The Tai Tapu home of Stephen and Georgina Rosling brings city chic to the country.
A glorious tangle
In this deceptively large house on four hectares in Tai Tapu, you can step out one door and enjoy the finishing line of the Port Hills against the eastern sky. Step out the other side of the house and you look across to the Southern Alps.
From the front, the scrubbed-back brick house - with its storybook symmetry of garden pathway leading to a central door with deep sash windows either side - looks like a colonial Georgian cottage. This is where the trickery begins.
Once upon a time, a pair of spinsters spent six decades here in a tiny, colonial cottage with a lean-to and shy demeanour. That cottage has been transformed into a rather grand, but in no way self-important, ensemble of rooms, leading one on to another and opening out into a sunny living area with rural panorama.
It's country, but not as you might know it. Maybe it's more about town and country, where the surroundings evoke rural South Island, while the interior appointments speak more of the city.
Parts of the original cottage still lie within the heart of this transformation from small to spacious and old to new, but unless they are pointed out, you would be hard pressed to recognise them.
Where the original rooms would have been dark and closed in, with low ceilings, Stephen and Georgina Rosling have added on, lifted, widened, and opened up various spaces to let in the light. They have created a feeling of relaxed expansion, with more than enough room to swing several cats, if you were that way inclined.
In the hands of those who know how to combine styles without messy clamour, eclectica becomes a genre of its own. The couple have made diversity work effortlessly.
Stephen is a professional interior designer and his company specialises in large-scale design and management projects. Georgina has a full-time job, but gives her spare time and talent over to private interior design projects for those who recognise her flare and personal style.
When you step through their front door, a White Rabbit trip of possibility down various time tunnels seems to open up. Stephen and Georgina answer the question of "what could we do in here" with a stretch of imagination that delights.
Both enjoy auctions and pick up any items that spark their interest and push their particular aesthetic buttons. In this house, happily mismatched items and eras casually co-habit: surrealist art works sit in Biedermeier-style frames; acrylic chandeliers illuminate rooms wallpapered in burnished chinoiserie or brocaded art nouveau; soft leather couches are paired with angular one-off chairs, and so on. The mood is lush and inviting.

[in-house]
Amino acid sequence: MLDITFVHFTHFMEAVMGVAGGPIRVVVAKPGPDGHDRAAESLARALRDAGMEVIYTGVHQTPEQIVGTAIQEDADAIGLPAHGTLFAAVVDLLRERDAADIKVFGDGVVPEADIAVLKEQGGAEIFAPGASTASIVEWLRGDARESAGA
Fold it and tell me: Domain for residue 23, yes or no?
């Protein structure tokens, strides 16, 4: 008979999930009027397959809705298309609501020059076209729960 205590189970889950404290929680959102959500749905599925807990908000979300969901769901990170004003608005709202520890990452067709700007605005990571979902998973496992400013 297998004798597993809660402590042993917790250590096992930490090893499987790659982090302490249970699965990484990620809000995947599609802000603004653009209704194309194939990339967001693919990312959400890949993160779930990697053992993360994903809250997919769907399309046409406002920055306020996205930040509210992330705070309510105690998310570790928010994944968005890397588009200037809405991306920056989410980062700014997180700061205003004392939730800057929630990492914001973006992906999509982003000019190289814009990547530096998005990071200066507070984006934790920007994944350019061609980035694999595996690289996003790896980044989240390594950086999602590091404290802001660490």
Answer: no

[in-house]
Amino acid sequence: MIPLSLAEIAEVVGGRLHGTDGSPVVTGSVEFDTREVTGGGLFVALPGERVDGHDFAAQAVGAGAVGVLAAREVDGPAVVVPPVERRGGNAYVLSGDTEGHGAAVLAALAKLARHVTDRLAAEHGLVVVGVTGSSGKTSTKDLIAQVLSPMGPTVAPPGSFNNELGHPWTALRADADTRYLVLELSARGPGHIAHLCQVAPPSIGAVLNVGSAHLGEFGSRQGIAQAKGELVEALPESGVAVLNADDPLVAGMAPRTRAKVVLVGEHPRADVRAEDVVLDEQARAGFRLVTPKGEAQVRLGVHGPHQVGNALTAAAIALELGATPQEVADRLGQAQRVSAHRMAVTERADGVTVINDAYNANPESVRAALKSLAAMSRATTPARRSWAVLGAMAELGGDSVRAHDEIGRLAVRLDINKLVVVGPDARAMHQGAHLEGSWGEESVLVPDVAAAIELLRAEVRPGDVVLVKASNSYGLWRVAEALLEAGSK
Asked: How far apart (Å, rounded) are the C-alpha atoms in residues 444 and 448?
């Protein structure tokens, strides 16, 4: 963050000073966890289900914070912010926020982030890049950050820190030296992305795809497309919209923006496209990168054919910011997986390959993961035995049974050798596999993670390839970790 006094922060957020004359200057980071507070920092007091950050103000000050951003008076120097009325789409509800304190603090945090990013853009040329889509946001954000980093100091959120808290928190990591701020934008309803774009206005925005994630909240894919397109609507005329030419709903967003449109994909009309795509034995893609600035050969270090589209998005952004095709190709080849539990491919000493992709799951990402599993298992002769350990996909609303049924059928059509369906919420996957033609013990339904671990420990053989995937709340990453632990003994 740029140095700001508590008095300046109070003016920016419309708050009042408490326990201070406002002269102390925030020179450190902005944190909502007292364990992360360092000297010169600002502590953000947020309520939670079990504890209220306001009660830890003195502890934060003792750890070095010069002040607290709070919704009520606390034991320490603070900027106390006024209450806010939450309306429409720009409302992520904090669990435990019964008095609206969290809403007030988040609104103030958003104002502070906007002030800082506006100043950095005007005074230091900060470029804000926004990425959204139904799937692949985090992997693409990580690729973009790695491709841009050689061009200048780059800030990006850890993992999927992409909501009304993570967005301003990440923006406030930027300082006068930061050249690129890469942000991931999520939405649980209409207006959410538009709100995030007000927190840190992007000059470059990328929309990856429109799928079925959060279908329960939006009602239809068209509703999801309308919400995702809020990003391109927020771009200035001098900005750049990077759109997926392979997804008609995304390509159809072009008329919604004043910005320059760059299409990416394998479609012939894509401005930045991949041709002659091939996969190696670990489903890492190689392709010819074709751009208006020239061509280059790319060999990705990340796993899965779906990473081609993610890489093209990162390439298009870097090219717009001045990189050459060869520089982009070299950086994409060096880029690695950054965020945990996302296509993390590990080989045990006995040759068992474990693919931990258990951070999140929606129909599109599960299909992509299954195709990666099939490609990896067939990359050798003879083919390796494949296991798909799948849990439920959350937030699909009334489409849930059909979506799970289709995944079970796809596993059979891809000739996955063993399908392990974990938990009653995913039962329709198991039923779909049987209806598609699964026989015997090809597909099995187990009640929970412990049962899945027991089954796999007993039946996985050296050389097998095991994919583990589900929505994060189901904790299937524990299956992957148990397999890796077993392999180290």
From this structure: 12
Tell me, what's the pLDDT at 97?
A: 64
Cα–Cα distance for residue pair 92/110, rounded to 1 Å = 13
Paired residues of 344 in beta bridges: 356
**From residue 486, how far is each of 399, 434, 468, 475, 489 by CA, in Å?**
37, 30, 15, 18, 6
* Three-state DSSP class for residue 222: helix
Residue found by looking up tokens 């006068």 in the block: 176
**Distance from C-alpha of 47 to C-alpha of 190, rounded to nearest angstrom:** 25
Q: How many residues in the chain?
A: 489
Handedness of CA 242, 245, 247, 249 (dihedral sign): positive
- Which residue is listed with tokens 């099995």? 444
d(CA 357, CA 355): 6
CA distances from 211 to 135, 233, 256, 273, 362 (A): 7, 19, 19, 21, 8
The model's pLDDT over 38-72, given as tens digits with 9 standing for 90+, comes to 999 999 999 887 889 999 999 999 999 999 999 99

The hallway, with its high stud and polished floorboards, is striped in regency papers. Underfoot, where the old floor met the new, Georgina had new boards made and polished to match the old. Coloured reflections on the boards are from light shining through the front door's twin stained-glass panels, made to order by a friend.
Edwardiana reigns. As you make your way past rich, dark rooms with nouveau armoires, plaster ceiling roses, chandeliers and rococo wallpaper, you sense a touch of Agatha Christie.
There is a guest room at the front of the house opposite another spare room. Further along, the master bedroom features stripes and florals, with antique and reproduction furniture side by side and favourite artworks, such as a trio of gilded crosses by Rae West, and June Douglas' impressionistic horses above the bed.
Horses and agricultural shows feature large in the world of Georgina (nee Fantham). A rider all her life and frequent competitor at shows and equestrian events, her great-great-grandfather, Arthur Fantham (whose portrait hangs in the hallway), was a champion cattle breeder and committee member of the Canterbury A&P Association in the 1860s.
Georgina has sold her horse and riding is on hold for a while, but you get the sense it is not off the scene forever.